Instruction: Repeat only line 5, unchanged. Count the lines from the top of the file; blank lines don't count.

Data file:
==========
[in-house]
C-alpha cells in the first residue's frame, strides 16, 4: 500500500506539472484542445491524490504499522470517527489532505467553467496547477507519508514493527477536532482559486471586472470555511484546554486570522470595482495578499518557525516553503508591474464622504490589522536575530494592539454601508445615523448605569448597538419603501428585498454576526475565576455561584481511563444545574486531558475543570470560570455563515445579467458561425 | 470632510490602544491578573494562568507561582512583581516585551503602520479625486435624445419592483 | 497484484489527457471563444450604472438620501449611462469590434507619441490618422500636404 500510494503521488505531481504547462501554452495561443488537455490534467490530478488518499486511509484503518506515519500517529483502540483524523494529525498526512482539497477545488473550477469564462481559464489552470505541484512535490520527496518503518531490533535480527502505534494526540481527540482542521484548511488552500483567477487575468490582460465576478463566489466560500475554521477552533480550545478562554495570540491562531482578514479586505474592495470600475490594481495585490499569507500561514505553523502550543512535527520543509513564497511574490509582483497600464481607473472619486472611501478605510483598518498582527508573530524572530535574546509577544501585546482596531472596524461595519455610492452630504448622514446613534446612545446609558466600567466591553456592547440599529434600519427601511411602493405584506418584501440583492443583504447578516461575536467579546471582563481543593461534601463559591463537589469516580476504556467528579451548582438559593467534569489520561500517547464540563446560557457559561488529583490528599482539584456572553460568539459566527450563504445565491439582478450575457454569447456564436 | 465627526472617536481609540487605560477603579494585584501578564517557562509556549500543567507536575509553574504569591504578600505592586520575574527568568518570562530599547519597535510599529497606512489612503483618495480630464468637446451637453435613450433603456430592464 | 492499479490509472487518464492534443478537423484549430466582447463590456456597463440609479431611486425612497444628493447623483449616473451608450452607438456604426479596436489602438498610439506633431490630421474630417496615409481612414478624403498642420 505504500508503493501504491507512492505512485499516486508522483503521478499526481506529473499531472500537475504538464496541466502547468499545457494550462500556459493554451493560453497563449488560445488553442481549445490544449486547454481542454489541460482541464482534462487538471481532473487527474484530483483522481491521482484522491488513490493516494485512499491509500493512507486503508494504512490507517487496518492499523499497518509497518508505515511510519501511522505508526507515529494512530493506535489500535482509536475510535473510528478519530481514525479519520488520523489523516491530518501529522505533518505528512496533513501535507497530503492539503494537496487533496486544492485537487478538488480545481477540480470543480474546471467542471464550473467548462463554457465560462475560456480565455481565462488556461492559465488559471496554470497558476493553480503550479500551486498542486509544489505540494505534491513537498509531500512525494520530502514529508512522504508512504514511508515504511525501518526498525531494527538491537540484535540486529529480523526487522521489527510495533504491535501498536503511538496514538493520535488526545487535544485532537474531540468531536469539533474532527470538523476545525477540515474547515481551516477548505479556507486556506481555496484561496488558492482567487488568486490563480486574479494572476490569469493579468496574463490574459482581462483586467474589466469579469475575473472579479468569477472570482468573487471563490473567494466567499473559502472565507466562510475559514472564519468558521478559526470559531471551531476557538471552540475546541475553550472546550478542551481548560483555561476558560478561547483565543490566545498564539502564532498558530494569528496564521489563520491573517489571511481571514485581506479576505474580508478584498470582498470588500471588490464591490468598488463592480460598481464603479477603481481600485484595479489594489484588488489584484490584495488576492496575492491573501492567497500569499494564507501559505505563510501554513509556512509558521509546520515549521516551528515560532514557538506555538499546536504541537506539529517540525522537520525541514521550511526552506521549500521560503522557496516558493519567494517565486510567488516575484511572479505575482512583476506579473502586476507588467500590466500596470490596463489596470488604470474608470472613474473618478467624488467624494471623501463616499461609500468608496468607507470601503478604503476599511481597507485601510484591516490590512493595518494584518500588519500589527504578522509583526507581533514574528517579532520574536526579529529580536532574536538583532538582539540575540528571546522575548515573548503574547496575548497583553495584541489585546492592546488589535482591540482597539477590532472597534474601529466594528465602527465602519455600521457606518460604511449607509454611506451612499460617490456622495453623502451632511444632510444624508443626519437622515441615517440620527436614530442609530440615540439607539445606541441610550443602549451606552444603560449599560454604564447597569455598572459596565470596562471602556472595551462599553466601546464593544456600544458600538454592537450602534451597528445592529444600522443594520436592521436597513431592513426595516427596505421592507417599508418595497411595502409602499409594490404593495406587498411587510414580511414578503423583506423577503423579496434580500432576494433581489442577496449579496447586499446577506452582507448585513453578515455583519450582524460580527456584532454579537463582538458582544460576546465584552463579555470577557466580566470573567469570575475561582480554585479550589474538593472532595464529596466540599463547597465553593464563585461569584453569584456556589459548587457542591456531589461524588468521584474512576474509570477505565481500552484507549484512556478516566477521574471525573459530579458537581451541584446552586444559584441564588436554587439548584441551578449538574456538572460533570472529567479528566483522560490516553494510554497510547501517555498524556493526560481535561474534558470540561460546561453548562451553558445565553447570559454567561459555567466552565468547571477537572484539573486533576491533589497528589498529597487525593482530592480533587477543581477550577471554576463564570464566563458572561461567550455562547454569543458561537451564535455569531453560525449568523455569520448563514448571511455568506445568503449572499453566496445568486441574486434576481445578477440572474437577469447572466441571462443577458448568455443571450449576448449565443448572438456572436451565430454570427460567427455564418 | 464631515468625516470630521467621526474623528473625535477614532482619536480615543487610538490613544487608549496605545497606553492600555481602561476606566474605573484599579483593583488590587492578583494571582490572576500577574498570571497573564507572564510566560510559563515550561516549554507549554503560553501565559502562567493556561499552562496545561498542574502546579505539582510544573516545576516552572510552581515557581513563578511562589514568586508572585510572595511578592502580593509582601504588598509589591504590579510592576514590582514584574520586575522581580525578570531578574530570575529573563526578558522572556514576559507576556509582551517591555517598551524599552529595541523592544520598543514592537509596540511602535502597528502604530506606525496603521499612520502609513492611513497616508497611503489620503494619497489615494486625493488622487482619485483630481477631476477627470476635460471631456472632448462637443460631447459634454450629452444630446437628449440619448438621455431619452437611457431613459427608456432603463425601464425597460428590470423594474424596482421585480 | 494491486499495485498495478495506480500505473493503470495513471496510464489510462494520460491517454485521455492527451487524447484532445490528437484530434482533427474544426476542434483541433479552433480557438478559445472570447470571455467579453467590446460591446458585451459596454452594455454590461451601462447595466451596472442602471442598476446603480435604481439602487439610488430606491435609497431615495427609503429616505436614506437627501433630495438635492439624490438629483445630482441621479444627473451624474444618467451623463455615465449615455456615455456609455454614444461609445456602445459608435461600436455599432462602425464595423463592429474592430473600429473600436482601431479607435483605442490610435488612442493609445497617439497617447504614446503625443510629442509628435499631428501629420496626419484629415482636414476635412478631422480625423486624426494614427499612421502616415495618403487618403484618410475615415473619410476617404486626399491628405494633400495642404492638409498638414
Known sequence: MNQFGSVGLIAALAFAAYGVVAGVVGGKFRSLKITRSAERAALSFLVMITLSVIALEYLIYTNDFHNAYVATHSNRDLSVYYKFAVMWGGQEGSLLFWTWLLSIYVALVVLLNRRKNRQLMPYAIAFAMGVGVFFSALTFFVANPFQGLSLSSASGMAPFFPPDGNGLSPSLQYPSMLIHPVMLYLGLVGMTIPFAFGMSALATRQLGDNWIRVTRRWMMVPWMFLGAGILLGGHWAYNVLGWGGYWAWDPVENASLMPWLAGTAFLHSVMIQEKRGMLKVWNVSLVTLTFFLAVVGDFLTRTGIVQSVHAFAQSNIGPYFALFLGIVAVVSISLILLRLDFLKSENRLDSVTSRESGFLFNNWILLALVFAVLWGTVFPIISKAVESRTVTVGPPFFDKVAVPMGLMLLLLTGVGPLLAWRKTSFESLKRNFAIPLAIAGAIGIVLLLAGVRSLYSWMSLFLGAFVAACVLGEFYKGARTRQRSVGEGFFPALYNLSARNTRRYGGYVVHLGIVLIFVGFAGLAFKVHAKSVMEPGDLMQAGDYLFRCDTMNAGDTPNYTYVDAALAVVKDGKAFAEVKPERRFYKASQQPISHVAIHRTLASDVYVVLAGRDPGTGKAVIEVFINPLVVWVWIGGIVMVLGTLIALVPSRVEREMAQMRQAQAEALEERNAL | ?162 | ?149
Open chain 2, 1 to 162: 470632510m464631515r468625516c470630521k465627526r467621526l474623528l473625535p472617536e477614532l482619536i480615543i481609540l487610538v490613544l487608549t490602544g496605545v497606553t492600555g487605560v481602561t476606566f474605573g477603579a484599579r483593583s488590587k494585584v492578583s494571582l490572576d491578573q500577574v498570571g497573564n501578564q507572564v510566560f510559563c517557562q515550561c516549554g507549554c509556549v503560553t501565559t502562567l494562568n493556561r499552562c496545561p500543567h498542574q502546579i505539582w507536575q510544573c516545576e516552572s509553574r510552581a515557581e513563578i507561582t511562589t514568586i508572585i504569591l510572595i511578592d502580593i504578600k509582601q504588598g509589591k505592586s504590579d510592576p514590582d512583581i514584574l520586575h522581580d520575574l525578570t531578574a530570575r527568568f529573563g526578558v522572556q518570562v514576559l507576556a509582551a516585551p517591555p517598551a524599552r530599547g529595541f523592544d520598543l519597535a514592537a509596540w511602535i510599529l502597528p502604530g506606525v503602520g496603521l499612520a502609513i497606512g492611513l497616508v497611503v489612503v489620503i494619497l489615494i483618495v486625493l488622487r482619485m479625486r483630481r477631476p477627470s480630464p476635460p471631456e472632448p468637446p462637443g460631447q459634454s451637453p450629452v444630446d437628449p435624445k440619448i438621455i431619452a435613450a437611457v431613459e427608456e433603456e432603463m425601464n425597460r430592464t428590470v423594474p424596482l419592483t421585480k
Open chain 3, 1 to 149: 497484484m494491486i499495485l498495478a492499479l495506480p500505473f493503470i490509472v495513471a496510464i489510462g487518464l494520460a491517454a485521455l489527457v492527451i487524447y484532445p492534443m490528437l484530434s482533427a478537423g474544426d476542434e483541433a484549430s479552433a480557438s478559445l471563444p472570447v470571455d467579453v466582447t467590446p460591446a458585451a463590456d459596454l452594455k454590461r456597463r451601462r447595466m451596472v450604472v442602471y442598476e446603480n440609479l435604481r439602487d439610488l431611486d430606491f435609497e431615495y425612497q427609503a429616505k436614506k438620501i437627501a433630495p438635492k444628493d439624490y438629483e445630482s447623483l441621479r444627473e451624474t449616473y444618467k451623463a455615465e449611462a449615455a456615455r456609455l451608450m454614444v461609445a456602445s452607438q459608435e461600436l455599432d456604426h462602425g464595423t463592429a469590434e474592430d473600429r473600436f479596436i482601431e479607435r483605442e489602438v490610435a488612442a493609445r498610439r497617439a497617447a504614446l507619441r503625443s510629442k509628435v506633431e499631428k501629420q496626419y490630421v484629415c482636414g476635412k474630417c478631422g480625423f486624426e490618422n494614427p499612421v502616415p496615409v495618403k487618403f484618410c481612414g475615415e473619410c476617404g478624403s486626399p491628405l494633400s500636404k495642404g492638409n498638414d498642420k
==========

Open chain 3, 1 to 149: 497484484m494491486i499495485l498495478a492499479l495506480p500505473f493503470i490509472v495513471a496510464i489510462g487518464l494520460a491517454a485521455l489527457v492527451i487524447y484532445p492534443m490528437l484530434s482533427a478537423g474544426d476542434e483541433a484549430s479552433a480557438s478559445l471563444p472570447v470571455d467579453v466582447t467590446p460591446a458585451a463590456d459596454l452594455k454590461r456597463r451601462r447595466m451596472v450604472v442602471y442598476e446603480n440609479l435604481r439602487d439610488l431611486d430606491f435609497e431615495y425612497q427609503a429616505k436614506k438620501i437627501a433630495p438635492k444628493d439624490y438629483e445630482s447623483l441621479r444627473e451624474t449616473y444618467k451623463a455615465e449611462a449615455a456615455r456609455l451608450m454614444v461609445a456602445s452607438q459608435e461600436l455599432d456604426h462602425g464595423t463592429a469590434e474592430d473600429r473600436f479596436i482601431e479607435r483605442e489602438v490610435a488612442a493609445r498610439r497617439a497617447a504614446l507619441r503625443s510629442k509628435v506633431e499631428k501629420q496626419y490630421v484629415c482636414g476635412k474630417c478631422g480625423f486624426e490618422n494614427p499612421v502616415p496615409v495618403k487618403f484618410c481612414g475615415e473619410c476617404g478624403s486626399p491628405l494633400s500636404k495642404g492638409n498638414d498642420k